16 - Could you explain the possibility of creating a georeferenced map, which would allow farmers and technicians to consult the data and information to obtain technical advice for the adoption of more effective and sustainable practices? How could this system be integrated into the chain? (Fabrizio Paglierani)

In the GIAS platform, information is organized into analytical information stored in special database tables (crops, soil, sensor data, fields operations…) and geographic information organized in a Web-GIS module acquired in vector format (field shape, satellite data…) and/or in raster formats. The data is always georeferenced with absolute GPS coordinates. An example of georeferenced maps that can be used by operators are the prescription maps of variable rate distribution plans within the plot of organic fertiliser.





17 - What is needed by producers to implement the precision farming system developed by Agronica? How does it impact the additional cost of this implementation and also, how is the additional investment return obtained? (Fabrizio Paglierani)

Farmers using traditional crop management systems have consistent production costs, representing often a risk for the economic rentability and therefore for their presence in the markets. The systems offered by Agronica are easy to manage, in consideration of their simple structure and the possibility to manage them using smartphones or computers. In addition, Agronica provides a continuous technical assistance to farmers, also with the support of local partners in Brazil.

18 - In general terms, what are the main challenges in implementing innovative solutions in the agricultural sector? What would be the main obstacles? (Fabrizio Paglierani)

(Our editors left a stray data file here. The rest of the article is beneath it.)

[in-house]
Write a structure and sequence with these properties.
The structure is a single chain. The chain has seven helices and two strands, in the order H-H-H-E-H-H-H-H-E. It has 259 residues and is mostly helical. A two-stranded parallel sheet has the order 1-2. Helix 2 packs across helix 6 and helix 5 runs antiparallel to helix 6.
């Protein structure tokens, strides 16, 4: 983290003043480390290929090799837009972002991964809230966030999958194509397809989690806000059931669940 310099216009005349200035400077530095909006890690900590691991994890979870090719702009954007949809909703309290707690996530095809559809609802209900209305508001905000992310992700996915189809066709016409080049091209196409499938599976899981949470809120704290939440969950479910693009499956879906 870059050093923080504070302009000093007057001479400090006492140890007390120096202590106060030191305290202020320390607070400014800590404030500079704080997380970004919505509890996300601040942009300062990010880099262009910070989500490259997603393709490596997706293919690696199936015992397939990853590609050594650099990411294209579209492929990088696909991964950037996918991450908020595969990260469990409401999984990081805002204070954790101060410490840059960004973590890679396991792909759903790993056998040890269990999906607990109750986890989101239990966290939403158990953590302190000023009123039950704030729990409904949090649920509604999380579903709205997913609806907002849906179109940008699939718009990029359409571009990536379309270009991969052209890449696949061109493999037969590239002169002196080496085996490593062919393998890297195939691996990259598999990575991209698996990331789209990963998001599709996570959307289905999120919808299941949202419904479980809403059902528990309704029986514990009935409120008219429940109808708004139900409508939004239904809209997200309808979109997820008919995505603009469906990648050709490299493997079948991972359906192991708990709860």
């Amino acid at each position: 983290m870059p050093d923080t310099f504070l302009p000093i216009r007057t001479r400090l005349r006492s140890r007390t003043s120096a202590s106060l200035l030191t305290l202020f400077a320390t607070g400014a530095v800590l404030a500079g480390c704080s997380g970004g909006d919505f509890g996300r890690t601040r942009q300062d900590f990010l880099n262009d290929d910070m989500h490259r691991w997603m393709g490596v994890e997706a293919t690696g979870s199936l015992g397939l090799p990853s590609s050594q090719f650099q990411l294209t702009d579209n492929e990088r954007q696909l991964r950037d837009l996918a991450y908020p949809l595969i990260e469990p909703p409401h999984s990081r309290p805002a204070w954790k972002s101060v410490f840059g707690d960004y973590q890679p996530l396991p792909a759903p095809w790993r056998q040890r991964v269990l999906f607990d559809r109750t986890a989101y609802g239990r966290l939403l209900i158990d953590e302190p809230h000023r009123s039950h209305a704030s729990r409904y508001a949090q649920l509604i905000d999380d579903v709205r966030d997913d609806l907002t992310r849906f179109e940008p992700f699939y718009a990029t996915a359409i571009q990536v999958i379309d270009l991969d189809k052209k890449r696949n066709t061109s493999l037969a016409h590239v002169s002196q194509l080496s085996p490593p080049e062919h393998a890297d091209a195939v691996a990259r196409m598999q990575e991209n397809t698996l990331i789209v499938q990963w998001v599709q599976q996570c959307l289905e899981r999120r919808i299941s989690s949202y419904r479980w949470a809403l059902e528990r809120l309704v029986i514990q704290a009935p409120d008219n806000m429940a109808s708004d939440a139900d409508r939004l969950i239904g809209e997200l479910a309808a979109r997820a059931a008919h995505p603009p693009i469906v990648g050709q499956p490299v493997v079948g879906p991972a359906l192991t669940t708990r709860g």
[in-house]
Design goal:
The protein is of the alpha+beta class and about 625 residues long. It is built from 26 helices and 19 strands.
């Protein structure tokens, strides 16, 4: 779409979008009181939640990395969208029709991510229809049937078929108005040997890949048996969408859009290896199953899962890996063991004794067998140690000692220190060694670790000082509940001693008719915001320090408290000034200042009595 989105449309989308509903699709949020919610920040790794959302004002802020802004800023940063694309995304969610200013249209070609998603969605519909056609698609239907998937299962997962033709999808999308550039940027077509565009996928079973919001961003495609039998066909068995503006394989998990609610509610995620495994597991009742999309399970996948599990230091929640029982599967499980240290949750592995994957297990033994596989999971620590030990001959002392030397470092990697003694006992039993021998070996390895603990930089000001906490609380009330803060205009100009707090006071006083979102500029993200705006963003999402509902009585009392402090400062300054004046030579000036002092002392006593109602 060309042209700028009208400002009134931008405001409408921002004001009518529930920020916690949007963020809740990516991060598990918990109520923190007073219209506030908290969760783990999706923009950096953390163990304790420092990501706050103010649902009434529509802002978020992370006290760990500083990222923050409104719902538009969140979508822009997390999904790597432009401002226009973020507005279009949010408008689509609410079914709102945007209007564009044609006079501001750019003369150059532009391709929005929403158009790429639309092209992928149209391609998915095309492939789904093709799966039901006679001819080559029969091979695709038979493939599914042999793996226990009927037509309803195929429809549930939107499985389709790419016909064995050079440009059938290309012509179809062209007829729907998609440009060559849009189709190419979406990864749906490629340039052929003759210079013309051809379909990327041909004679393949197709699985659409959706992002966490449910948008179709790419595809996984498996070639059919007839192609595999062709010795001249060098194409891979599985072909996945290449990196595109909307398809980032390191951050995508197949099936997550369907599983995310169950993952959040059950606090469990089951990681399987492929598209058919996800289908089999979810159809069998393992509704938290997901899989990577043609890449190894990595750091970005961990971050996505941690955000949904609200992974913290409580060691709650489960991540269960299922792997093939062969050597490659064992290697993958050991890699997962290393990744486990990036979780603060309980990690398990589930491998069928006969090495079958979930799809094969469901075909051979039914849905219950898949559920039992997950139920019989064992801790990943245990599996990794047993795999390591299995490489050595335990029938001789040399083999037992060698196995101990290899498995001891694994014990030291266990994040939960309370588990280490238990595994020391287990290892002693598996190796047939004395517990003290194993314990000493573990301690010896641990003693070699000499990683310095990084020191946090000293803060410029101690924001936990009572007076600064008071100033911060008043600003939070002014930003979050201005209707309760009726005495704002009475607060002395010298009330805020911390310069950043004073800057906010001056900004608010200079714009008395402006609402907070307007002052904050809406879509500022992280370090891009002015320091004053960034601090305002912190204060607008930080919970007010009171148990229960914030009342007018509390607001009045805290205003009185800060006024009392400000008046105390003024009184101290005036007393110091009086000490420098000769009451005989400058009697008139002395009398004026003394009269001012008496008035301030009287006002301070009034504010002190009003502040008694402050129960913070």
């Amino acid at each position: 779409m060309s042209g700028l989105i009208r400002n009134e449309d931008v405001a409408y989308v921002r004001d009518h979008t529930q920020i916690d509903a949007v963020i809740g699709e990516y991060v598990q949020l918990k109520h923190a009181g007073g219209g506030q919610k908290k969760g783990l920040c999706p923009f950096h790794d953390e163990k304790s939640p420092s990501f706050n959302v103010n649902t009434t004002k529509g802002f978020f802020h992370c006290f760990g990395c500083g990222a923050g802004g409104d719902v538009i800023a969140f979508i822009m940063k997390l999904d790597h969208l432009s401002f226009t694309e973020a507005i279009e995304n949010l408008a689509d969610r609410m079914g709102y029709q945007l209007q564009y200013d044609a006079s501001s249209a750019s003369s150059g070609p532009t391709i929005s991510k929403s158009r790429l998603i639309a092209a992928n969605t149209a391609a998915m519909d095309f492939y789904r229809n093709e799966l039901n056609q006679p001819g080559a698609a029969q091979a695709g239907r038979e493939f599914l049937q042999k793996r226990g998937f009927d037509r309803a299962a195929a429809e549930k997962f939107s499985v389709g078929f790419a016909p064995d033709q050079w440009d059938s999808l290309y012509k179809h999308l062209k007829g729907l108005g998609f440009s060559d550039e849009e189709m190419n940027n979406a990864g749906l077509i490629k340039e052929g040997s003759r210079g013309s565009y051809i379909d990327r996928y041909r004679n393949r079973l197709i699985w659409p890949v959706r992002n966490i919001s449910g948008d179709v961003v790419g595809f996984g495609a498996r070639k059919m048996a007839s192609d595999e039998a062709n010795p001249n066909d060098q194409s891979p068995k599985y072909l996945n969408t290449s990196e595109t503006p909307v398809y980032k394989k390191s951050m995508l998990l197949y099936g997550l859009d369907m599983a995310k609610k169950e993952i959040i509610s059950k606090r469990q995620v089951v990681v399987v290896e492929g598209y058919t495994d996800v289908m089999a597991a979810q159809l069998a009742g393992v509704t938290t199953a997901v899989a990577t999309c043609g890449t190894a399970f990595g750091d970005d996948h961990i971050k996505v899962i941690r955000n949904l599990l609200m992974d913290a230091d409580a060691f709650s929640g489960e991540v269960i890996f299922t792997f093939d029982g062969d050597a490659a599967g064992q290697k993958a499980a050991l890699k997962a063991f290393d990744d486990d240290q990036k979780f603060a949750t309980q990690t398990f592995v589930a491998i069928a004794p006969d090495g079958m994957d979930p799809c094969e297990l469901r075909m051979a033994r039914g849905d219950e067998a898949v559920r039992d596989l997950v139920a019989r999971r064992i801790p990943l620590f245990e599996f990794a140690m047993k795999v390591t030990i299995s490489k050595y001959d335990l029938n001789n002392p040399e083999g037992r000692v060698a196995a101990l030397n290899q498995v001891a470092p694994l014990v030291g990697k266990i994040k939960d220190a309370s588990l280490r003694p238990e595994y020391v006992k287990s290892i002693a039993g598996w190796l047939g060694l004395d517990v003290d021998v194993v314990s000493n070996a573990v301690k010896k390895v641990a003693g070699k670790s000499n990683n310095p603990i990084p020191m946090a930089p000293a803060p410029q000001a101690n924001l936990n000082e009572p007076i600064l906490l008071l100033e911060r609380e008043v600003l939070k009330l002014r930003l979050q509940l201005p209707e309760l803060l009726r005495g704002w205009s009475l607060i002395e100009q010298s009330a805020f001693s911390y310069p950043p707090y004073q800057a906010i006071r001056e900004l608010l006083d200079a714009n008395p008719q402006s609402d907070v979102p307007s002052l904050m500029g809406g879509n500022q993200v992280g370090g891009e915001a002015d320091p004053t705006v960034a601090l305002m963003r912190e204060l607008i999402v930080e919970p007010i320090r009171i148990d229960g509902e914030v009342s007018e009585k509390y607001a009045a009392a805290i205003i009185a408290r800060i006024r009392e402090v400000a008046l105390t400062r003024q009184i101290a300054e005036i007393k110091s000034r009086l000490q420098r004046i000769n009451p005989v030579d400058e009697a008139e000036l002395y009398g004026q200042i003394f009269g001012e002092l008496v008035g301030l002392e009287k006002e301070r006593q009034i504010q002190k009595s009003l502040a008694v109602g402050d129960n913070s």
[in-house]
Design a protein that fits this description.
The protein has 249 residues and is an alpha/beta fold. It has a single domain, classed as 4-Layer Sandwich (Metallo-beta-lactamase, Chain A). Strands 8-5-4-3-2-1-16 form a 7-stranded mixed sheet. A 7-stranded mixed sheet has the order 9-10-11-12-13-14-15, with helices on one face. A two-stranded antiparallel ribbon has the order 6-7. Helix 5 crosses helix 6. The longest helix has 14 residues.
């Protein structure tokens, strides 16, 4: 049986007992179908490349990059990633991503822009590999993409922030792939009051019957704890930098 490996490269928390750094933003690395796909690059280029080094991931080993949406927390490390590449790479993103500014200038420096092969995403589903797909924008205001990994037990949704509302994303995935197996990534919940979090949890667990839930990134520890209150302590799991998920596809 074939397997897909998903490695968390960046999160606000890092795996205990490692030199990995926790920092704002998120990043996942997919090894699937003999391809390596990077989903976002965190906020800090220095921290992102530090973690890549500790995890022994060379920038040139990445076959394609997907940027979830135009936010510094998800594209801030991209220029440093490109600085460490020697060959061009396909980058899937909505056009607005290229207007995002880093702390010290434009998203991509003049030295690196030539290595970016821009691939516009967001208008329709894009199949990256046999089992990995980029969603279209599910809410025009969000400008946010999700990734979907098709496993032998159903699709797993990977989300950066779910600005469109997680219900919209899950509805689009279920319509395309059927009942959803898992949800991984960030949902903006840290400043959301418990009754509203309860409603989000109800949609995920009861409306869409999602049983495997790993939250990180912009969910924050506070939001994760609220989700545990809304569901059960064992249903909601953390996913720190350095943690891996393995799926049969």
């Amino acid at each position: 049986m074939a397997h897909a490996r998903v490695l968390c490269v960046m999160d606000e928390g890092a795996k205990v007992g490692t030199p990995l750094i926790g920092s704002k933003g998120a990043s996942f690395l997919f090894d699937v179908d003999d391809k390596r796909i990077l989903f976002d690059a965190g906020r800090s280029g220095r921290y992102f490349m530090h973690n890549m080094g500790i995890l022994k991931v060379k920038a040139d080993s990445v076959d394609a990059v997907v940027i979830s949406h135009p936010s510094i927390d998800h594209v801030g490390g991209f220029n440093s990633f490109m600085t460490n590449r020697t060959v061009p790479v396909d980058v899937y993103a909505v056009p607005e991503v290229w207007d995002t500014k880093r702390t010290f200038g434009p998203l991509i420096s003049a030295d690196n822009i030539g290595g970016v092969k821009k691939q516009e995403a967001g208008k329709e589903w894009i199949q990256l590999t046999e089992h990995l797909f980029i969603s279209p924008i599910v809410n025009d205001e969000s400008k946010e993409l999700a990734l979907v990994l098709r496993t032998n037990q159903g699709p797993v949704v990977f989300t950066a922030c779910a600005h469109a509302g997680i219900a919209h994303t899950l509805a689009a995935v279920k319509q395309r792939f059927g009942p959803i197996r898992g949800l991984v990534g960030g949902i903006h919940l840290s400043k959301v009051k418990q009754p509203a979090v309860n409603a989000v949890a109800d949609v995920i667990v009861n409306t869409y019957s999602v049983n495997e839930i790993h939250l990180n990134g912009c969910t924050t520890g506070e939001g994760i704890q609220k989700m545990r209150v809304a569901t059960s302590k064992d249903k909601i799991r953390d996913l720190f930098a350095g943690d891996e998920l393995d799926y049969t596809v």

The actual growth and proliferation of precision farming has not been as robust as was expected earlier. The sector faces several key challenges/obstacles:  Interoperability of different standards  The learning curve: for the average farmer, setting up the necessary IoT architecture and sensor network for his field(s) can be a big ask.  Connectivity in rural areas  Making sense from big data in agriculture through the use of DSSs  Size of management zones for precision farming depending on available data and characteristics of the operational machines  Lack of scalability and configuration problems: farms can be of different sizes, a single owner can have a large crop-growing land, along with several smaller lands.  The security factor: the presence of malware and data thefts is a risk in practically all types of ‘connected systems’, and smart agriculture is not an exception from that.

The last (and main) obstacle is represented by the benefits of precision farming not immediately apparent. Unfortunately, there is almost no way to guesstimate the benefits of precision farming over the long-run and the benefits do not become apparent from the very outset. For this very reason, many landowners still view the use of advanced technology in agriculture as ‘risky’ and ‘uncertain’, and stay away from adopting it. With greater familiarity with agritech and comprehensive training, such fears should go away.

The concerns listed above have been taken into account in the development of the Agronica GIAS platform which provides practical answers to the challenges in the adoption of digital agriculture.